By CL Bledsoe
It was the second body I’d encountered in the streets of Baltimore. The first was during a field trip, while I chaperoned a group of kids to look at graffiti murals near Penn Station. The kids were in groups with student leaders and chaperones. I took a shortcut to get back to our meet-up point for some reason I can’t remember and came upon a circle of construction workers in an alley. I heard the sirens as I came closer and saw the man, unmoving on the ground. I overheard one person say maybe he’d been mugged. Another said something along the lines that he didn’t look like he’d had anything worth stealing. Someone else said he looked like a junkie. Police and an ambulance arrived at about the same time. I was ushered away as they put up tape. They kids went a different way, and I didn’t tell them about it.
The second body was lying on the sidewalk. We were running late for a poetry reading. I was a feature, along with a friend who rode with my girlfriend, at the time, and me. The man was lying on his side, his arms and legs drawn up in a fetal position. He looked like he was sleeping. He was a black man — they both had been — but what really grabbed me was the sight of a policeman. He stood over the body, his hand on his gun, his eyes wide. He looked from side to side, terrified. He was a black cop guarding a black body on the sidewalk. I didn’t know the story, but it seemed far more important than the reading I was on the way to give.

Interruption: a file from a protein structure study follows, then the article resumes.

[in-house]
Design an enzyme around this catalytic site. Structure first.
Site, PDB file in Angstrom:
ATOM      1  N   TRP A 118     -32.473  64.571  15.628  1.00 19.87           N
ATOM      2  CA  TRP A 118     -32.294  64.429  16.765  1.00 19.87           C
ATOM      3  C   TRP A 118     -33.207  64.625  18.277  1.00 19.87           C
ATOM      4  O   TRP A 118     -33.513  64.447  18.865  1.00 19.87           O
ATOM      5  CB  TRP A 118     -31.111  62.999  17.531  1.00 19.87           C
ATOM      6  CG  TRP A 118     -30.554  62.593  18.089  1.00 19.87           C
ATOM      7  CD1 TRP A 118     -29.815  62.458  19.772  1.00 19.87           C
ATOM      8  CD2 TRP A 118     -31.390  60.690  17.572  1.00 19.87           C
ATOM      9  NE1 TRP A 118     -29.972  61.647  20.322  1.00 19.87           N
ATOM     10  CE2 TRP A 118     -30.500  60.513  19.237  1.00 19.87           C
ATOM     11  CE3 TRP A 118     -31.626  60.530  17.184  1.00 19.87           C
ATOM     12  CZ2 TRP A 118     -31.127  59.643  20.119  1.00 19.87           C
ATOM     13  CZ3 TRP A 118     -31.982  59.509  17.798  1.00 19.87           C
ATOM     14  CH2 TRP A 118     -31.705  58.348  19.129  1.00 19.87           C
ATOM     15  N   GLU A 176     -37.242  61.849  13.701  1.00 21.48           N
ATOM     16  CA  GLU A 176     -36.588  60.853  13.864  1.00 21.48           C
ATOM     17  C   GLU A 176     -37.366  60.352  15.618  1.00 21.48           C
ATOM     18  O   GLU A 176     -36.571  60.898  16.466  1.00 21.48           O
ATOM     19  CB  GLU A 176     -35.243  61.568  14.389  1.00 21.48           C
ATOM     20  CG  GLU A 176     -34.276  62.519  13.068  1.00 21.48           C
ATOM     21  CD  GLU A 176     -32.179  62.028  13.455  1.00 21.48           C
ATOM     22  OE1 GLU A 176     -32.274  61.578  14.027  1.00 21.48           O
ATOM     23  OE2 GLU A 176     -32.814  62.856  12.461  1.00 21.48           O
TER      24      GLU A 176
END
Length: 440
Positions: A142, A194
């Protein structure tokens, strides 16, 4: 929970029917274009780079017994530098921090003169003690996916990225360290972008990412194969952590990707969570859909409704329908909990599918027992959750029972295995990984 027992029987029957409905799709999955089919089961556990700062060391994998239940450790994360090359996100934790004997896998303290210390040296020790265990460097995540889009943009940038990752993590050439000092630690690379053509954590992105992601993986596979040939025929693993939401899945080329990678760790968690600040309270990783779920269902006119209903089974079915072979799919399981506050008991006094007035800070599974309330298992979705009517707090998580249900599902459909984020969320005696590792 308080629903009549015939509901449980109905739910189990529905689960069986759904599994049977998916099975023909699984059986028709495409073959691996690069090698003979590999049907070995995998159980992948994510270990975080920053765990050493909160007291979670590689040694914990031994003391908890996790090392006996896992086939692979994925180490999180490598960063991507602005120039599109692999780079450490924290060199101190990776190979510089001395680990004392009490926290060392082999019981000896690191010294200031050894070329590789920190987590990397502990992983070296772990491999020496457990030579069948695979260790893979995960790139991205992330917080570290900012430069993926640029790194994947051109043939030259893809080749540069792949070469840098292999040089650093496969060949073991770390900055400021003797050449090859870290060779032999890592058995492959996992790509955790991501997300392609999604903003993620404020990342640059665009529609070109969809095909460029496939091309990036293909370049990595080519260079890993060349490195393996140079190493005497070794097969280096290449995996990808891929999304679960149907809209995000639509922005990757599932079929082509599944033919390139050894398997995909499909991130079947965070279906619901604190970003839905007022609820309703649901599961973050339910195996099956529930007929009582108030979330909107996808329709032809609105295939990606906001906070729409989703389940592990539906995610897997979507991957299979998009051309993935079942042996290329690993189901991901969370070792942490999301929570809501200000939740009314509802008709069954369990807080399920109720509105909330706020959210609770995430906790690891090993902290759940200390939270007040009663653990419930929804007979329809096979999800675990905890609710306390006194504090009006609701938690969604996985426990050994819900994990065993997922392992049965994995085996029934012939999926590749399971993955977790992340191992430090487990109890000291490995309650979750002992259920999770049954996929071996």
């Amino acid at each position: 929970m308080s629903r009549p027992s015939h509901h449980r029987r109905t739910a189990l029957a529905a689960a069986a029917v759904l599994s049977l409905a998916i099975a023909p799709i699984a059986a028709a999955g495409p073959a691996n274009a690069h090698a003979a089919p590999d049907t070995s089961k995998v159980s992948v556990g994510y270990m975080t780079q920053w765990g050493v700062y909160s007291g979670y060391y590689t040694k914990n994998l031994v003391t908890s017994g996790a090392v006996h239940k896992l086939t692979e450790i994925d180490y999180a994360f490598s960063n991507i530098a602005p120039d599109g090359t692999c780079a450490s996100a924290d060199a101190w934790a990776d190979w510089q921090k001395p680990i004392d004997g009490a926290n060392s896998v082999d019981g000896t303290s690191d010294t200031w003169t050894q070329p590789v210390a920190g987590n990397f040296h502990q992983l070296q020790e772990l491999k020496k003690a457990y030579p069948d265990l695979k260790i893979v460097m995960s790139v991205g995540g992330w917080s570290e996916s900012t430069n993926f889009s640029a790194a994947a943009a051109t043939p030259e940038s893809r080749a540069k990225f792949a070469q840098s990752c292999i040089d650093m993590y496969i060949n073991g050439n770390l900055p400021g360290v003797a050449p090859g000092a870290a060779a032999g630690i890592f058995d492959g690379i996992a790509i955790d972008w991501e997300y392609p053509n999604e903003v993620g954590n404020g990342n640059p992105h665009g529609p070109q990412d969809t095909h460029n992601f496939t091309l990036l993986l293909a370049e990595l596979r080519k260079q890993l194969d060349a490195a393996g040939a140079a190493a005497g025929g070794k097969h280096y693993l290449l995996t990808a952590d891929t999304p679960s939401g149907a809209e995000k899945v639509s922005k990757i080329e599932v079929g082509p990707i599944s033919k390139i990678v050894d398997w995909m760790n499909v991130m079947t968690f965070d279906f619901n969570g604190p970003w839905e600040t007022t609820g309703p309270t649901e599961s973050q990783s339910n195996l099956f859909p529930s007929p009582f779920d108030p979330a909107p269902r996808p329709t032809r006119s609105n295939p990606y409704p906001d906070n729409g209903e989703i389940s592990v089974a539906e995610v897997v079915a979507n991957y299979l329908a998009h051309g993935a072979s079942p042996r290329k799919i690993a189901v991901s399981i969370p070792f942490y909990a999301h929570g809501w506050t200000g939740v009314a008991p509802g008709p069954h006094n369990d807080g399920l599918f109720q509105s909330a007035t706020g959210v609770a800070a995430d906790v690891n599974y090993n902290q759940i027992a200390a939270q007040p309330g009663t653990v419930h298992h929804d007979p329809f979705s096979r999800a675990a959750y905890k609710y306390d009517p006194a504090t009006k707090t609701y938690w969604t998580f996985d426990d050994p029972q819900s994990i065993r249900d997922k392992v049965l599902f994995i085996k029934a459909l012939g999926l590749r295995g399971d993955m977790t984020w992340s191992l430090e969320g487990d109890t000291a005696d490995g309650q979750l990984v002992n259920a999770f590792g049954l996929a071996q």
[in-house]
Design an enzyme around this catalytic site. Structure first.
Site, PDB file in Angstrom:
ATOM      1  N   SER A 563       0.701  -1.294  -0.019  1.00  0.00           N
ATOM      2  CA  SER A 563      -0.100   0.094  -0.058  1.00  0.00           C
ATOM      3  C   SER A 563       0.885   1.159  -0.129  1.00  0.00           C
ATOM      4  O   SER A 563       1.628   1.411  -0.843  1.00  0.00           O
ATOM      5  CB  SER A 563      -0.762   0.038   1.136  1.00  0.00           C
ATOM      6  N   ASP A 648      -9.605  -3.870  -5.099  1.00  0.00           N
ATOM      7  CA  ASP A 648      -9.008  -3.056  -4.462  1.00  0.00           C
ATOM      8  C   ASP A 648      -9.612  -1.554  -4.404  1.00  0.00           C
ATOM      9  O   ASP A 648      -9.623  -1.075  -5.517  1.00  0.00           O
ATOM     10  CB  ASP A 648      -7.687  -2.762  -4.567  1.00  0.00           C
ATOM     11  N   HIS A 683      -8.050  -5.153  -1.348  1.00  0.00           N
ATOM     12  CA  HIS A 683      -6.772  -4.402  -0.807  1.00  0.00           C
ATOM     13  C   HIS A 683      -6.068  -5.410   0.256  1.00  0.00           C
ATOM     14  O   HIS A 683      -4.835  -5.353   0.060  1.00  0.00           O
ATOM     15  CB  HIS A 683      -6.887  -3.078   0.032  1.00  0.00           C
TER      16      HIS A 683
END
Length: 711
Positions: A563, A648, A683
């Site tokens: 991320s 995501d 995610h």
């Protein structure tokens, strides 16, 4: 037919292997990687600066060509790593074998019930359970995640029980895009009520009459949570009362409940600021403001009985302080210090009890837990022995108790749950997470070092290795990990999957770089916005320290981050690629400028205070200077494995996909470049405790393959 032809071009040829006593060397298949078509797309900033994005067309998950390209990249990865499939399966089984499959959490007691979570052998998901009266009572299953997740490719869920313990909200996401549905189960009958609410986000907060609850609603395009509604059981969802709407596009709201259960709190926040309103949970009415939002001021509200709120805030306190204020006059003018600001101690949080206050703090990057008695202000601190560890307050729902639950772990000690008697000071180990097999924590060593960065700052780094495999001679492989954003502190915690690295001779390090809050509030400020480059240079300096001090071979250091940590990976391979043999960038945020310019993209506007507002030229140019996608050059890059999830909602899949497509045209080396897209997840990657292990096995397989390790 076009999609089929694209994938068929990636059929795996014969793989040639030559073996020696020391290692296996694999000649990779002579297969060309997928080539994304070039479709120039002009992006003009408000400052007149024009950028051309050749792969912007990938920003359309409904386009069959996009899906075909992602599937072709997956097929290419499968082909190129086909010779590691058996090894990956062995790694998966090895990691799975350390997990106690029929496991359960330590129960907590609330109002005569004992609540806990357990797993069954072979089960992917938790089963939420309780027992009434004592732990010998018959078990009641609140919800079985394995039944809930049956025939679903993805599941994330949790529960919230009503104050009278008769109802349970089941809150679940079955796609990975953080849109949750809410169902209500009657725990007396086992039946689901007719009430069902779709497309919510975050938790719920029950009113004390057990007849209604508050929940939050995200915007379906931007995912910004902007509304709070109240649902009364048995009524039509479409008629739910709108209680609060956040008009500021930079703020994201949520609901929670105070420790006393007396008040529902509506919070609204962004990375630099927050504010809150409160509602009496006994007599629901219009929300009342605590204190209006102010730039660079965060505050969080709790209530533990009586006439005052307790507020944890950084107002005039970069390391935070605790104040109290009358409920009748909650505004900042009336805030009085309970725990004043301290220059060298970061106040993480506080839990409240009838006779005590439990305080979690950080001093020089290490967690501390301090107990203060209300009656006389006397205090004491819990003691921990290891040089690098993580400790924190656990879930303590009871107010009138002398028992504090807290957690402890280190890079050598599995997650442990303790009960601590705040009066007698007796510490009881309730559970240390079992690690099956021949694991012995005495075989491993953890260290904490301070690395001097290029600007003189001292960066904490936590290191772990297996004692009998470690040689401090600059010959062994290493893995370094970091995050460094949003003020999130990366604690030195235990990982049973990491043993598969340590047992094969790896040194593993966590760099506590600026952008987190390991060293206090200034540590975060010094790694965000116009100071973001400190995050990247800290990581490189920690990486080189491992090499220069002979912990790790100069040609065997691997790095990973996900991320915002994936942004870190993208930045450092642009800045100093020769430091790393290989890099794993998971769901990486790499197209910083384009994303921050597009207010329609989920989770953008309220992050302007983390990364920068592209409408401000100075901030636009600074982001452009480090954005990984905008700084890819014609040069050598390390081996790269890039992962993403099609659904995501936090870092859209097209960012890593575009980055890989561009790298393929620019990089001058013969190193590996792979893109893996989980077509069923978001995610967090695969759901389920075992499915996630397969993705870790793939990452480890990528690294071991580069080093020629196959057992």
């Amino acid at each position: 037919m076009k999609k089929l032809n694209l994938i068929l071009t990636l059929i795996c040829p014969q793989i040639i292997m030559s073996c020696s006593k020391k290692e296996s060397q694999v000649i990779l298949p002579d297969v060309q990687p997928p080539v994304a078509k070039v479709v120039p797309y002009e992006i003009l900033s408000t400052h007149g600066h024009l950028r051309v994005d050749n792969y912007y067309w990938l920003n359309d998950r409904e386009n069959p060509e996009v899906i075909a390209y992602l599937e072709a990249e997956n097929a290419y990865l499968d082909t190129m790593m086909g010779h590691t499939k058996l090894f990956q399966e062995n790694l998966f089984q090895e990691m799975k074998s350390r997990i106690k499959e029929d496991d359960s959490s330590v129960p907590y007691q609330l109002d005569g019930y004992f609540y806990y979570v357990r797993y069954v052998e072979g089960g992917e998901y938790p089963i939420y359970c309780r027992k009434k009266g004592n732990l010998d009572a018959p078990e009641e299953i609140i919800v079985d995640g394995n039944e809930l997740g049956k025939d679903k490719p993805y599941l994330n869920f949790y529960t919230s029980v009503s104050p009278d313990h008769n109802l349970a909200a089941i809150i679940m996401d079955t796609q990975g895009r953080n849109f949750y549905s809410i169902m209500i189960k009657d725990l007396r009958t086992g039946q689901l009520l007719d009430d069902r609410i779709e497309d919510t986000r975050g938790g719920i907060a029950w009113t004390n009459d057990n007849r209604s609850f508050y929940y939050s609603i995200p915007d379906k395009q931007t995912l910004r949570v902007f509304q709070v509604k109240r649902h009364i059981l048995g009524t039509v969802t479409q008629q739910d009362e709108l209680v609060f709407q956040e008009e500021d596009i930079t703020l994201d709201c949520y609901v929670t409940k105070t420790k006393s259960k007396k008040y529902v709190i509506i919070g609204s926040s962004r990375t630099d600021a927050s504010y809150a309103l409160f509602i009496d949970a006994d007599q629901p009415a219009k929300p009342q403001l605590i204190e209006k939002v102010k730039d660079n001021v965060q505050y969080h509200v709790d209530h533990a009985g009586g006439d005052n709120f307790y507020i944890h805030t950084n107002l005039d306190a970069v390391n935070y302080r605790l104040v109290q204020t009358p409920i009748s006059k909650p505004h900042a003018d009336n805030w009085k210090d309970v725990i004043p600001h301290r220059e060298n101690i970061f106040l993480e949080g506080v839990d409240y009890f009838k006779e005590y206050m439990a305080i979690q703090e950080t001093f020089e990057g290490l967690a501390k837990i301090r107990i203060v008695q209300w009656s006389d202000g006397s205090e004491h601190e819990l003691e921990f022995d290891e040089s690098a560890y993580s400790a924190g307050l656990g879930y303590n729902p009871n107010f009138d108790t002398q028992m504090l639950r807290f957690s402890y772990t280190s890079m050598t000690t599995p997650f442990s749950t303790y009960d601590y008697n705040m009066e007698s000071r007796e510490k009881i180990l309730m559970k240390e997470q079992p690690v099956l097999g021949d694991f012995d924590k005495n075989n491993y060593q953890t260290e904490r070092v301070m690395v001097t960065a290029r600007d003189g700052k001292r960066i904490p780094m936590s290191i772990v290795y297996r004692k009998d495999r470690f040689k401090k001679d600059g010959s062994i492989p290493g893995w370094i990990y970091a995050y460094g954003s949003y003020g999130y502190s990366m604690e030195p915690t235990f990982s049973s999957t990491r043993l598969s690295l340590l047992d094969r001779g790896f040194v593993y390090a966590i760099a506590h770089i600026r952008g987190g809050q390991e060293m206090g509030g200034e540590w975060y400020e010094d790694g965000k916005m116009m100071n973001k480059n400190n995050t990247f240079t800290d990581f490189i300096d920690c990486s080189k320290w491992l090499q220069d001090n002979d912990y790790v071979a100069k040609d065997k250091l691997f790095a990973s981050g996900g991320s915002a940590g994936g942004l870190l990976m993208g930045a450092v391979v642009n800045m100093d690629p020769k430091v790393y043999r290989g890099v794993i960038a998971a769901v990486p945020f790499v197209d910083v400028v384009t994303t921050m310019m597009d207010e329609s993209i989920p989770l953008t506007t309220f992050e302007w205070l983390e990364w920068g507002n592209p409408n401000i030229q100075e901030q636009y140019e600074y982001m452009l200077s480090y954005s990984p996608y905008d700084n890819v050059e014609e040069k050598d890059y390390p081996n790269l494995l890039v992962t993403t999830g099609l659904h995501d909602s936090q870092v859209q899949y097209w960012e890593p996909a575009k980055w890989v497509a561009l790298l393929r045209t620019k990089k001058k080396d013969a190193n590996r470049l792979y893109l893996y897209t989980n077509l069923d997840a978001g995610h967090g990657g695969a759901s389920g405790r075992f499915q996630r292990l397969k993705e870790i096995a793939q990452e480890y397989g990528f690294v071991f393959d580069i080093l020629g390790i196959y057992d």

There were sirens approaching, and we left the policeman to his duty and gave our reading. My friend and I tended to read funny poems, but we weren’t feeling very comical. What I felt, instead, was a deep shame, an impotence. A man had died on a sidewalk a few yards away. The final reader asked us all to gather around and sit on the floor while he read single lines in poet voice, punctuated by long pauses. Each line was supposed to be something deep and mysterious about life. I went to the bar.
We had parked just down the street, and as we were leaving the reading, a group of men approached us, joking and laughing, along the sidewalk. The cop was gone. The body was gone. It was like they had never been there.